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The espionage trial of U.S. reporter Evan Gershkovich in Russia is set to commence behind closed doors on June 26th

Since his arrest in March 2023, Gershkovich, a U.S. citizen, has been in custody and could face a 20-year prison sentence if found guilty.

The espionage trial of Wall Street Journal reporter Evan Gershkovich in Russia is scheduled to commence on June 26th and will be conducted behind closed doors, according to a statement from the court overseeing the case released on Monday.

Gershkovich, a 32-year-old U.S. citizen, has been incarcerated since his arrest in March 2023 and faces a potential sentence of 20 years in prison if convicted.

The trial is set to take place at the Sverdlovsky Regional Court in Yekaterinburg, Russia’s fourth-largest city, where he was initially apprehended. Since then, Gershkovich has been held at Moscow’s Lefortovo prison, approximately 870 miles west of Yekaterinburg.

According to the Prosecutor General’s office, Gershkovich is accused of “gathering secret information” on behalf of the CIA concerning Uralvagonzavod, a facility involved in the production and repair of military equipment. This accusation marks the first detailed disclosure of the charges against him.

Both Gershkovich, his employer, and the U.S. government have vehemently denied these allegations, with Washington labeling his detention as wrongful.

The Russian Federal Security Service alleges that Gershkovich acted under orders from the U.S. to gather classified information, although no substantiating evidence has been presented to support these claims.

Wall Street Journal reporter Evan Gershkovich stands in a glass cage at court in Moscow on April 23, 2024.

“Evan has done nothing wrong. He should never have been arrested in the first place. Journalism is not a crime,” declared U.S. State Department spokesman Matthew Miller last week. “The charges against him are false, and the Russian government knows they’re false. He should be released immediately.”

Despite efforts by the Biden administration to secure Gershkovich’s release through negotiation, Russia’s Foreign Ministry has indicated that any potential prisoner exchange would only be considered following a verdict in the trial.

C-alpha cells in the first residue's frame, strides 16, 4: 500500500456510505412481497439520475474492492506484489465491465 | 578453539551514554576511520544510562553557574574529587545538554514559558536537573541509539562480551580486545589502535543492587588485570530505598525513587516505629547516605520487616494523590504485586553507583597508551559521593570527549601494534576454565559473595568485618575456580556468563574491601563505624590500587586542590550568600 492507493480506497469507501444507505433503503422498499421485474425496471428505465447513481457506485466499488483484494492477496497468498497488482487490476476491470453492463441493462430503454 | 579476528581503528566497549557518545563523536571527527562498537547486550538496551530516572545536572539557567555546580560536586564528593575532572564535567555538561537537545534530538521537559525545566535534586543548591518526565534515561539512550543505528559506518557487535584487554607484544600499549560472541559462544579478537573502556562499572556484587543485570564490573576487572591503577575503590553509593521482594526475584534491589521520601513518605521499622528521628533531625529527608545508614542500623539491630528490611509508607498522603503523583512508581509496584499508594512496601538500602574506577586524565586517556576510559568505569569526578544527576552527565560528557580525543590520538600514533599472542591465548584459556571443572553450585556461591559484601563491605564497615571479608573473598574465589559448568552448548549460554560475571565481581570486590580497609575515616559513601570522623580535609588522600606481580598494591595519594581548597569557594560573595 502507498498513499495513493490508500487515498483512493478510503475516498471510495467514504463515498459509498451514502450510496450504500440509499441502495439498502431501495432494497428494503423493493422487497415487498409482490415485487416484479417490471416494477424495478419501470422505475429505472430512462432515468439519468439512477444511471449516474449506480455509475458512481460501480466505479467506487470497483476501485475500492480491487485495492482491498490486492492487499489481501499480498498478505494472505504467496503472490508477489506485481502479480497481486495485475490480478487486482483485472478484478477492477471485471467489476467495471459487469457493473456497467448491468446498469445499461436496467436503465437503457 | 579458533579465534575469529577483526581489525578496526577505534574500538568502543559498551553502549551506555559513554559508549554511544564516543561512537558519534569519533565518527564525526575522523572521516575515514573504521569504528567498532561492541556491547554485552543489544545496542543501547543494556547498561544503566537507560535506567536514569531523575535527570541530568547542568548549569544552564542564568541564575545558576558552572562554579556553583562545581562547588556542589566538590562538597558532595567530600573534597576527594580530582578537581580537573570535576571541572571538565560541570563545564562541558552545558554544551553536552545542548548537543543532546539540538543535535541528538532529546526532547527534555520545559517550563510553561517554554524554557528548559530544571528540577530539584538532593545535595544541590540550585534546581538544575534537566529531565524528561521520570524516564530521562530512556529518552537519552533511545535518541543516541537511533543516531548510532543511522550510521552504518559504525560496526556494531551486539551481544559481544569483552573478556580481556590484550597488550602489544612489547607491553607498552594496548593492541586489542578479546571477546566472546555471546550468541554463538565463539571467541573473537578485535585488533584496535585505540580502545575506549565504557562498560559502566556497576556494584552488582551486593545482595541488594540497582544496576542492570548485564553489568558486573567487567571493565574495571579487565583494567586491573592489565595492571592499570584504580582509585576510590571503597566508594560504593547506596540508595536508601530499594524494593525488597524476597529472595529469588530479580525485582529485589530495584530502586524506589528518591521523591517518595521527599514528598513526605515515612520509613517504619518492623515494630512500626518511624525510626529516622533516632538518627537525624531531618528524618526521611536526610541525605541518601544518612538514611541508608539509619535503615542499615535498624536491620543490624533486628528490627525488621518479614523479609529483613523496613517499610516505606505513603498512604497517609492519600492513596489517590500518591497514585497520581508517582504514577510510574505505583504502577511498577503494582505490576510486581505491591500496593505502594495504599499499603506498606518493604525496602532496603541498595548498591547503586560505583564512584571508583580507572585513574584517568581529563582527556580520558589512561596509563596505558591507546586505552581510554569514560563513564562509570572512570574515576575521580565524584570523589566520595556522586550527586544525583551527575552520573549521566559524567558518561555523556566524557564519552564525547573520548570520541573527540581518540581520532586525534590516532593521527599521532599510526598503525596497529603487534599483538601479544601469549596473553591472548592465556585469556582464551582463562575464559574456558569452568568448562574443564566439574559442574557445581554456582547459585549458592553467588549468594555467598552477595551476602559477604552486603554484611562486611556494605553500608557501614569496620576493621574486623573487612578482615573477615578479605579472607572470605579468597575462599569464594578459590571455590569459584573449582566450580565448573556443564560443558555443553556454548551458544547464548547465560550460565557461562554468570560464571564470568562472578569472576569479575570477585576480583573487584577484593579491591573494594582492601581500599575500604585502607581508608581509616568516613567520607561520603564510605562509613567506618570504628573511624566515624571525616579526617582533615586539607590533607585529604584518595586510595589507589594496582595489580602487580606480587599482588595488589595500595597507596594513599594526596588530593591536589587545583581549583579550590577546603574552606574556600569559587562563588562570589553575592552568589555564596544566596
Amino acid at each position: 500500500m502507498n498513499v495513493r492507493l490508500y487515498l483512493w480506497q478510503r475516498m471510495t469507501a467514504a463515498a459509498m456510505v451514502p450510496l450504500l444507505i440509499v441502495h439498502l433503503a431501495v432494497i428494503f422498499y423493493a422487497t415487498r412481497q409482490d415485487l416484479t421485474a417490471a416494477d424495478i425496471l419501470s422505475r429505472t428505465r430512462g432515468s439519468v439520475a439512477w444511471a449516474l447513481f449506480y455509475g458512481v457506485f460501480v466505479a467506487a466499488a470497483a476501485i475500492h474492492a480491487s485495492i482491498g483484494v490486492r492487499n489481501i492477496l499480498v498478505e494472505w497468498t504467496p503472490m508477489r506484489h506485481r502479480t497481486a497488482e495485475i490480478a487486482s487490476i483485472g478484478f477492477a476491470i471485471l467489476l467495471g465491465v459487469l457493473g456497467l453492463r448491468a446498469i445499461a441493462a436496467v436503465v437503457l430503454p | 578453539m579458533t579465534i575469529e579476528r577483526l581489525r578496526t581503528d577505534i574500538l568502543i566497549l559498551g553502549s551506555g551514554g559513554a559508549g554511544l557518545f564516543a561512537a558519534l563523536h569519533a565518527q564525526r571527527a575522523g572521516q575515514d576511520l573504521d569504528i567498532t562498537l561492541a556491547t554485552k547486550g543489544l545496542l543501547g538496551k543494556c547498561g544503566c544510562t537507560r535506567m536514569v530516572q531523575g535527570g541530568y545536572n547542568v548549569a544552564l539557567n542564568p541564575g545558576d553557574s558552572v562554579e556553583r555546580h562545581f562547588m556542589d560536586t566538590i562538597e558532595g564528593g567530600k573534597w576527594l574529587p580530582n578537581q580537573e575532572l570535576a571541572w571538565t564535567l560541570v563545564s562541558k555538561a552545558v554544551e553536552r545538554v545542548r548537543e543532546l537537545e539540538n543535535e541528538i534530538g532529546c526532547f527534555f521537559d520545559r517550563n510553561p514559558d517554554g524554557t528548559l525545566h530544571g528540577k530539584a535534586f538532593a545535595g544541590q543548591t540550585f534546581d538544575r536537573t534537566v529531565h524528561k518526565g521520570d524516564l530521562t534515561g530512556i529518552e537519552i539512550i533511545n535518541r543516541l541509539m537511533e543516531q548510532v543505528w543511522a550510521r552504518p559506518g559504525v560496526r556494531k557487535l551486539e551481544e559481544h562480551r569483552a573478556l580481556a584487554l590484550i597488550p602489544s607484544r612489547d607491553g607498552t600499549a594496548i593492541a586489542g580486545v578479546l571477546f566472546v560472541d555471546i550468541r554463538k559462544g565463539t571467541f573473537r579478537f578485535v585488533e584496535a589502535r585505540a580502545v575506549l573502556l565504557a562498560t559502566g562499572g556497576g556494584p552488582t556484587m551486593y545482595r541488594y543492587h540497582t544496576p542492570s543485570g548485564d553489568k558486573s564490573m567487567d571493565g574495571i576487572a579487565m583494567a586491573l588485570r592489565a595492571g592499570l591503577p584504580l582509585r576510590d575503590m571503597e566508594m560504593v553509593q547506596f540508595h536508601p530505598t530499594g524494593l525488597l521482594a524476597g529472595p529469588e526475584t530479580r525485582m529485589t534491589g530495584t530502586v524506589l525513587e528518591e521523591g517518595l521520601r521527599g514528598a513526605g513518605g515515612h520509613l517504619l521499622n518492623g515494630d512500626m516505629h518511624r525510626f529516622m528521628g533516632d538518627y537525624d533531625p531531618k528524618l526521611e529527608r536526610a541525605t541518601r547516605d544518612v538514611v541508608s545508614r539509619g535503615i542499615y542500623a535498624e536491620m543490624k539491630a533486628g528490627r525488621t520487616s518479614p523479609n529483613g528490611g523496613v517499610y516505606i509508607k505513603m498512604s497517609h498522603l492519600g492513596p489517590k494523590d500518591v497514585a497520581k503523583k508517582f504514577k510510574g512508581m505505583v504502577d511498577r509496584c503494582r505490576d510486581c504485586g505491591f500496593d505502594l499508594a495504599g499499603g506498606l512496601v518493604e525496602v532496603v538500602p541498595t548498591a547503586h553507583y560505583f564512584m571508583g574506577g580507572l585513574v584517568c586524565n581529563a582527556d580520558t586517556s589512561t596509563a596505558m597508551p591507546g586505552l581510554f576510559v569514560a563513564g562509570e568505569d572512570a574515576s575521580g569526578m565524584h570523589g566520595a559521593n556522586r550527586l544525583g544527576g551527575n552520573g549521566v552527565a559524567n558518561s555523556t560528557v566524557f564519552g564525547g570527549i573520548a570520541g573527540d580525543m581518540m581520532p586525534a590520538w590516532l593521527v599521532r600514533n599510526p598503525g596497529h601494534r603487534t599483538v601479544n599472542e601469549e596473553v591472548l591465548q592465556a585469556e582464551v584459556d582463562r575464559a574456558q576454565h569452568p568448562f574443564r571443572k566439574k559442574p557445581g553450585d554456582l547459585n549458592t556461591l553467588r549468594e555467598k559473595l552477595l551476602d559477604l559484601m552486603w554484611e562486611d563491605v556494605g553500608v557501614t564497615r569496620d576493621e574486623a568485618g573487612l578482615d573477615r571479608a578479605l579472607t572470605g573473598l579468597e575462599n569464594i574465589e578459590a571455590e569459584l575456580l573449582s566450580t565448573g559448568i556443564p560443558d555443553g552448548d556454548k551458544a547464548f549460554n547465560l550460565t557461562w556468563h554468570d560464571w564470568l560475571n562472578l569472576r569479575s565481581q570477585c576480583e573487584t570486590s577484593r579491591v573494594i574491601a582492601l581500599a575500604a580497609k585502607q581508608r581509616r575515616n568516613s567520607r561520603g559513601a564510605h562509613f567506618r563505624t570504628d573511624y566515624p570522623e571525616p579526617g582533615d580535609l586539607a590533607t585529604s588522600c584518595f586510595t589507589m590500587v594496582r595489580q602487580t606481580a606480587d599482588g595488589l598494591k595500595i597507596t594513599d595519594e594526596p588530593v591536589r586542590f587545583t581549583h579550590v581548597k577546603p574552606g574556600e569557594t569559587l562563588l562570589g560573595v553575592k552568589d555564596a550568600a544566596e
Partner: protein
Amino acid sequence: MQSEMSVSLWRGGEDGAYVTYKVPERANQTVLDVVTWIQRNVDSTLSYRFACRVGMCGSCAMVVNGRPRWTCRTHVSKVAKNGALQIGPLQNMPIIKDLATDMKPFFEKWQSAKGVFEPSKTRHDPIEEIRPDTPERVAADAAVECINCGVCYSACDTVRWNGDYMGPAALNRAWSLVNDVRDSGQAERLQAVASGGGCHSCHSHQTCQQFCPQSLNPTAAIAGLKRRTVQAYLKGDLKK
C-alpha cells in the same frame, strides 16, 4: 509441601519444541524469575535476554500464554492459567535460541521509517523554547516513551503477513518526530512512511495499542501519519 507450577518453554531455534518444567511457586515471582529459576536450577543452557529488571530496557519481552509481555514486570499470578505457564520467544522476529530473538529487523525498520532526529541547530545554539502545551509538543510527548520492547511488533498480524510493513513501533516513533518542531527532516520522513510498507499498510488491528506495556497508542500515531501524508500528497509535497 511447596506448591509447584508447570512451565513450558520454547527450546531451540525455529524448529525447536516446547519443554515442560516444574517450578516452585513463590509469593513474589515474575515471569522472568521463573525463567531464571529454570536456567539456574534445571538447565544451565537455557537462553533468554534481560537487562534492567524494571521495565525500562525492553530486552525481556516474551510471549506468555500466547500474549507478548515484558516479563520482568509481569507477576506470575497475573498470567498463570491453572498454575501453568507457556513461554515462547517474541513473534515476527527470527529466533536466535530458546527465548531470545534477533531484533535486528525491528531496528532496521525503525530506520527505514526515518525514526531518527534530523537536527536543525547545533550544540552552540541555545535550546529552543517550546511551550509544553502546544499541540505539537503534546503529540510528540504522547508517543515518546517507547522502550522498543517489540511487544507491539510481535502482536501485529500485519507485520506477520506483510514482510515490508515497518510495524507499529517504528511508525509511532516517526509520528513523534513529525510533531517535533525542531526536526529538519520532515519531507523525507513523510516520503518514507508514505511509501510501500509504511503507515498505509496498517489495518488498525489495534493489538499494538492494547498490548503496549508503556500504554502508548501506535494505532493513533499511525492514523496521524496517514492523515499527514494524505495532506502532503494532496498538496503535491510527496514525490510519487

Uralvagonzavod, situated in Nizhny Tagil about 60 miles north of Yekaterinburg, gained prominence in 2011-2012 as a stalwart supporter of President Vladimir Putin. The plant’s foreman, Igor Kholmanskih, notably appeared on Putin’s annual televised call-in program in December 2011, denouncing mass protests in Moscow and advocating for the suppression of dissent.

President Putin has expressed openness to a resolution that could facilitate Gershkovich’s release, hinting at a potential swap involving a Russian national imprisoned in Germany, likely Vadim Krasikov, serving a life sentence for a 2019 murder in Berlin.

Gershkovich’s arrest marks the first instance of a U.S. journalist detained on espionage charges since Nicholas Daniloff in 1986, during the Cold War era. The news of Gershkovich’s legal predicament has reverberated among the international journalistic community in Russia, highlighting growing concerns over press freedoms amidst tightening restrictions.

In a parallel case, U.S. soldier Gordon Black is currently undergoing trial in Vladivostok on charges of theft and making threats of violence in a dispute with a Russian woman. Black, formerly stationed in South Korea but visiting Vladivostok at the time of the incident, denied the allegation of threatening murder while partially admitting to theft during Monday’s court proceedings, as reported by the state news agency RIA-Novosti.

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